The Nelson Touch: The Life and Legend of Horatio Nelson

The Nelson Touch: The Life and Legend of Horatio Nelson

by Terry Coleman
     
 

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Admiral Horatio Nelson captures our imaginations like few other military figures. A mixture of tactical originality, raw courage, cruelty, and romantic passion, Nelson in action was daring and direct, a paramount naval genius and a natural born predator. Now, in The Nelson Touch: The Life and Legend of Horatio Nelson, novelist Terry Coleman provides a superb portrait… See more details below

Overview

Admiral Horatio Nelson captures our imaginations like few other military figures. A mixture of tactical originality, raw courage, cruelty, and romantic passion, Nelson in action was daring and direct, a paramount naval genius and a natural born predator. Now, in The Nelson Touch: The Life and Legend of Horatio Nelson, novelist Terry Coleman provides a superb portrait of Britain's most revered naval figure.
Here is a vivid account of Nelson's life, from his childhood and early career at sea--where a high-placed uncle helped speed his advancement to post captain--to gripping accounts of his greatest sea battles. Readers will witness the Battle of the Nile, where Nelson crushed a French squadron of thirteen ships of the line, and the Battle of Trafalgar, where he died at the moment of his greatest triumph. What emerges is a man of strength of mind amounting to genius, frequently generous, always fascinated with women, often uneasy with his superior officers, and absolutely fearless. Coleman also lays bare Nelson's faults: he was a ruthless commander, whose instinct was not just to defeat the enemy but to annihilate him. Indeed, some of Nelson's more controversial actions might be viewed as war crimes today. And he was a skillful self-promoter, who did all he could to advance his own fame. But in the end, that fame was well earned and he was deservedly idolized by the British people.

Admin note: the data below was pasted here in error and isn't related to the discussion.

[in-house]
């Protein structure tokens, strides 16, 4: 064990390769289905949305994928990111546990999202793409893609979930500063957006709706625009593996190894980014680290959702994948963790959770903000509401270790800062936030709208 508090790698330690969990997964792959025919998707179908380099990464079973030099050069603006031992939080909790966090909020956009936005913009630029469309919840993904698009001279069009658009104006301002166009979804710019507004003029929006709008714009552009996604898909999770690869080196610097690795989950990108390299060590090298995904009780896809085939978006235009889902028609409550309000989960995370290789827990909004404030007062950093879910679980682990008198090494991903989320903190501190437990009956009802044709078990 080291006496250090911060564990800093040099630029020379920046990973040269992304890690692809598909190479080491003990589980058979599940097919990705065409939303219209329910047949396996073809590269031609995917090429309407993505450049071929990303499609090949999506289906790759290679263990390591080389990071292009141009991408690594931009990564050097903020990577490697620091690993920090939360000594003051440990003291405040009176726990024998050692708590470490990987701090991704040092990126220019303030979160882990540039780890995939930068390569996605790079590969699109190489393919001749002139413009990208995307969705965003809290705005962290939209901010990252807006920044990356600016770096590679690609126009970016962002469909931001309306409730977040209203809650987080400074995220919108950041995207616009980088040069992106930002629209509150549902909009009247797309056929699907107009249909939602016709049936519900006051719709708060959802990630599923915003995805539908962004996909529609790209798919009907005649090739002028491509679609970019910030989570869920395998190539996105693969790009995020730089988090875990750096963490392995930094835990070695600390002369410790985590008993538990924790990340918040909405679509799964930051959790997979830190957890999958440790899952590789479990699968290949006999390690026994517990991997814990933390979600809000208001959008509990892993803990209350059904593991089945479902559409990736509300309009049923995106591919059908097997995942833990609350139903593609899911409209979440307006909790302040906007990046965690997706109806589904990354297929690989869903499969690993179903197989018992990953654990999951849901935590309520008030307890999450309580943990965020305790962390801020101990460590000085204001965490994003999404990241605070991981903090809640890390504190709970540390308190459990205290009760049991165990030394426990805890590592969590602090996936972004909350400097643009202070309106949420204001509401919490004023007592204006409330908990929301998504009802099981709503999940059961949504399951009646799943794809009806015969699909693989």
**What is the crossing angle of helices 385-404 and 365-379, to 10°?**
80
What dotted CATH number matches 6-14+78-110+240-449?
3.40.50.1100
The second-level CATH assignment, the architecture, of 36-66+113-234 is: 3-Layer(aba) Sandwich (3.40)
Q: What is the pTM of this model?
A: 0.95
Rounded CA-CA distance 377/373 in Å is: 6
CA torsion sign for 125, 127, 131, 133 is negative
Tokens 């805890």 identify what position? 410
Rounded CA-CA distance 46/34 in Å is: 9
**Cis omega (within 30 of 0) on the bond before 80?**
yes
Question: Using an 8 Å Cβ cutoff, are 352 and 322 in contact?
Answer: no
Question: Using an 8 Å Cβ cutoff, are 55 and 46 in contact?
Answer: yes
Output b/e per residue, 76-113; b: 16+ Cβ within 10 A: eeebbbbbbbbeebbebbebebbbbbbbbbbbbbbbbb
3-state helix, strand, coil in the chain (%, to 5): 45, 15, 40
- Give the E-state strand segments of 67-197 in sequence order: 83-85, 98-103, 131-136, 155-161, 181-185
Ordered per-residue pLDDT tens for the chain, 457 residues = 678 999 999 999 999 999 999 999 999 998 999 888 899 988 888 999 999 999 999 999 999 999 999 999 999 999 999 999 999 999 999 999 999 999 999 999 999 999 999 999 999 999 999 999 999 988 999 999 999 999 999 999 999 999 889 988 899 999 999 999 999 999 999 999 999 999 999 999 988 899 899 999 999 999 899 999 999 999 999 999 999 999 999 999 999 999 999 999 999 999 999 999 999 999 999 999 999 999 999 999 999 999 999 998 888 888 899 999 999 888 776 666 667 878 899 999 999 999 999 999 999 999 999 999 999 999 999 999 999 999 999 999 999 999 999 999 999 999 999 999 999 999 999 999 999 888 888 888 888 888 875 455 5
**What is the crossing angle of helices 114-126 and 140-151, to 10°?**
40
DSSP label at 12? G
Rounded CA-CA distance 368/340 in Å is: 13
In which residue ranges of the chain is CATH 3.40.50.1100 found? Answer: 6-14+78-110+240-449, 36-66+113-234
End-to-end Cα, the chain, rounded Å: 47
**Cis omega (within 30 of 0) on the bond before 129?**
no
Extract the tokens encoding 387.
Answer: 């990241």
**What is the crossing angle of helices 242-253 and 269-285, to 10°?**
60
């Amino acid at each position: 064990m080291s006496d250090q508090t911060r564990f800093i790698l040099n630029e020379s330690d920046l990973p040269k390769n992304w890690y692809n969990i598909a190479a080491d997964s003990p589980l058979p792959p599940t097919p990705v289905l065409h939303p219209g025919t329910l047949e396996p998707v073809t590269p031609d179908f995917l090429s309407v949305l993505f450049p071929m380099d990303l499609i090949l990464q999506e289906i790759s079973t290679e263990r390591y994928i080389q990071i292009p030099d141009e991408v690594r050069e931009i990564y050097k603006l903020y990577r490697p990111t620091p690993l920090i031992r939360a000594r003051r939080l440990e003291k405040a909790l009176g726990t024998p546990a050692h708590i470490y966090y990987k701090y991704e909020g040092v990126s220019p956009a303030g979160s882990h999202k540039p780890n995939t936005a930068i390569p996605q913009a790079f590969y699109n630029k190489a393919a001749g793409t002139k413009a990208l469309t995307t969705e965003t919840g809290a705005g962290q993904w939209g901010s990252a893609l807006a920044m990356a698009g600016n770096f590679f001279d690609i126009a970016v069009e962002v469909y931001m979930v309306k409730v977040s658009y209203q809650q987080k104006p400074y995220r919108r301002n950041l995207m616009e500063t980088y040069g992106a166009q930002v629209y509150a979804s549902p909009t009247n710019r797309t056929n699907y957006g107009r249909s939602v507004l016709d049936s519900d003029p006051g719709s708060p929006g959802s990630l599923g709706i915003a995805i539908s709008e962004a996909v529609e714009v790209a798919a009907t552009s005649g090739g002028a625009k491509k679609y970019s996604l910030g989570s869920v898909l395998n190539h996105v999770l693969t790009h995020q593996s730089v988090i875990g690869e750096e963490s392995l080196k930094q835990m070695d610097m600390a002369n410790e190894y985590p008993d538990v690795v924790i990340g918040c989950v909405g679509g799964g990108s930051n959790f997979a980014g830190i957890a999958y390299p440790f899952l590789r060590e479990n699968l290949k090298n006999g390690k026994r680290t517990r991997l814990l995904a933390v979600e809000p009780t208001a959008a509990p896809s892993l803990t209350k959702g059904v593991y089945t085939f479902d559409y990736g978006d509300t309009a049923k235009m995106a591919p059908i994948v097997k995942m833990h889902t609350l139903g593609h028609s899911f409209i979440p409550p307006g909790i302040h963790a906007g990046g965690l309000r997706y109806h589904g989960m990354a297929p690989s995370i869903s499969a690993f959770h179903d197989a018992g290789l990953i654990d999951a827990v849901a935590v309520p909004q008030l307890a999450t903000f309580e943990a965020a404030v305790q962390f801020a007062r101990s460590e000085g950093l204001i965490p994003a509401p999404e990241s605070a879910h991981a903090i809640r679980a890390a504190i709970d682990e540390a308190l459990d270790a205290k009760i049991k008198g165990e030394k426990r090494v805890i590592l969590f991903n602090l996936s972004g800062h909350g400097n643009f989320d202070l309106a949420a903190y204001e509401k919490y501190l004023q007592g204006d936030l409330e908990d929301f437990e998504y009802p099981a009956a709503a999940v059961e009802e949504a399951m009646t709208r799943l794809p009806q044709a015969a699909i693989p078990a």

Sure to appeal to readers of Patrick O'Brian and other seafaring fiction, as well as all military history and naval history buffs, this is a superbly written biography that gives readers the texture and feel of this magnificent life.

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Editorial Reviews

Publishers Weekly